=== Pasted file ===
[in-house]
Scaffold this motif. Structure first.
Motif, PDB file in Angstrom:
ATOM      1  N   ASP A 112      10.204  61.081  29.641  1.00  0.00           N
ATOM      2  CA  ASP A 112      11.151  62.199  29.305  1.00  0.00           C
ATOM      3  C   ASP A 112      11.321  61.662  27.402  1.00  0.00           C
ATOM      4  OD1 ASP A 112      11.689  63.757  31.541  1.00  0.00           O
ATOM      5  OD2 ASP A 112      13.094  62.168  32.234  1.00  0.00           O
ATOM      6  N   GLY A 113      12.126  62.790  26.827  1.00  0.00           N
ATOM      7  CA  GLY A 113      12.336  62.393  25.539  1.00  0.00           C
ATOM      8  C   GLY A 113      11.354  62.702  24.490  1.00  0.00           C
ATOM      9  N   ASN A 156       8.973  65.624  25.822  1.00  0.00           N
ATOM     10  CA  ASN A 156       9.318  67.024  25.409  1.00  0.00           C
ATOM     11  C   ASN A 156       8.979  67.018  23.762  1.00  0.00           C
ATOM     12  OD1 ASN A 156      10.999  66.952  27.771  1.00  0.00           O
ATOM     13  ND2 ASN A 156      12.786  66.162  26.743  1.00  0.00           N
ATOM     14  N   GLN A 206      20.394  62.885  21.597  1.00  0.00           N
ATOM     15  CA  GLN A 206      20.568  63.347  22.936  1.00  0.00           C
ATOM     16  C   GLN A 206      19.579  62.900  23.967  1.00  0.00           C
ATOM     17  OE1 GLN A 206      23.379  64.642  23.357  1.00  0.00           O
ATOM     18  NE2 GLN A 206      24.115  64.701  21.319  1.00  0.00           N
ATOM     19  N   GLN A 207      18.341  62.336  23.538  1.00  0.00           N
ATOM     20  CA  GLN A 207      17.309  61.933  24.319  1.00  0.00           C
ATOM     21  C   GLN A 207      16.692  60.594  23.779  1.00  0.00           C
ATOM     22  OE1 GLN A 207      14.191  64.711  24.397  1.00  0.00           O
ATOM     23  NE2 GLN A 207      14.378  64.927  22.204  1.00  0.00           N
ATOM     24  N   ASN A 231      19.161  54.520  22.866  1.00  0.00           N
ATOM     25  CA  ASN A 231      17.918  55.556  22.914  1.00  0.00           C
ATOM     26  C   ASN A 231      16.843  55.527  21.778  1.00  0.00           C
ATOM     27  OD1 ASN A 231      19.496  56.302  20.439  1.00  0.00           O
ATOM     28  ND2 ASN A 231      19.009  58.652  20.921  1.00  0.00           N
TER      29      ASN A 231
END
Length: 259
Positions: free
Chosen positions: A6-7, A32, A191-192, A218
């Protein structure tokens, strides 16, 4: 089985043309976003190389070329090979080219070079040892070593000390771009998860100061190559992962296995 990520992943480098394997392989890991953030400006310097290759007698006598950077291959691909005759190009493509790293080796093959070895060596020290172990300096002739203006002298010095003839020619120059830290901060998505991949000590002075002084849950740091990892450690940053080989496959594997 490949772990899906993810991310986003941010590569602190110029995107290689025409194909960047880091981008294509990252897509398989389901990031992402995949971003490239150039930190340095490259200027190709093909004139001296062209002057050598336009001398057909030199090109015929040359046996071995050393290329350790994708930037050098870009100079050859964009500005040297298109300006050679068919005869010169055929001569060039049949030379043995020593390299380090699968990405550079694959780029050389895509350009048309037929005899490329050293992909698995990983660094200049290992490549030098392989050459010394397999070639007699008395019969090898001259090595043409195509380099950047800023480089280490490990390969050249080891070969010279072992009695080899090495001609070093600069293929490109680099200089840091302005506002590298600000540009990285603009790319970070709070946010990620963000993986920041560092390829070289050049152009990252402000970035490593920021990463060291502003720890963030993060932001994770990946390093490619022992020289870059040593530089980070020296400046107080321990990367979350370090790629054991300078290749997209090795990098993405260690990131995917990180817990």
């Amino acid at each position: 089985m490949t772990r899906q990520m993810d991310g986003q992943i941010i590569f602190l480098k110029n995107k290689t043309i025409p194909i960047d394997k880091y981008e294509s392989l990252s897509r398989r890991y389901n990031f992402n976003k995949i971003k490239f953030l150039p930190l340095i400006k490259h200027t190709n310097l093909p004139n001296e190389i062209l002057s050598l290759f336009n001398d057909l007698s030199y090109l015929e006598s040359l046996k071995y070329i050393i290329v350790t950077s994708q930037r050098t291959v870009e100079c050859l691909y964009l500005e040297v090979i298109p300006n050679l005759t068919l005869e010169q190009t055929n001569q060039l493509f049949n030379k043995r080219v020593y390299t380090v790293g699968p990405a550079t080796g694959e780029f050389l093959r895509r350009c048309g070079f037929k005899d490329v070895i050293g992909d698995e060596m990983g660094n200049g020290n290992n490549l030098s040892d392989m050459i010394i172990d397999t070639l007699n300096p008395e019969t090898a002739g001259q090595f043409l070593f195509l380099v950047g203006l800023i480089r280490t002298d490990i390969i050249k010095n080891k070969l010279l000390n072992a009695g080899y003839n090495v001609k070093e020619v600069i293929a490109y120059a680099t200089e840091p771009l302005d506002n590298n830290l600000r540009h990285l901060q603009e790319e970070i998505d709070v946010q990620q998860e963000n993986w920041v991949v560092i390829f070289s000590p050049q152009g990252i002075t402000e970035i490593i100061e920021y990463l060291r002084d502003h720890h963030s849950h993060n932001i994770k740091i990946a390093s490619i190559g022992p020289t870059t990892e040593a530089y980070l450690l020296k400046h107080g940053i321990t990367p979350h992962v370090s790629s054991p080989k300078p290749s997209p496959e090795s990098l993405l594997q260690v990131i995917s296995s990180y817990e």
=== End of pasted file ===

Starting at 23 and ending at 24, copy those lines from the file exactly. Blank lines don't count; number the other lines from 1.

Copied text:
ATOM     20  CA  GLN A 207      17.309  61.933  24.319  1.00  0.00           C
ATOM     21  C   GLN A 207      16.692  60.594  23.779  1.00  0.00           C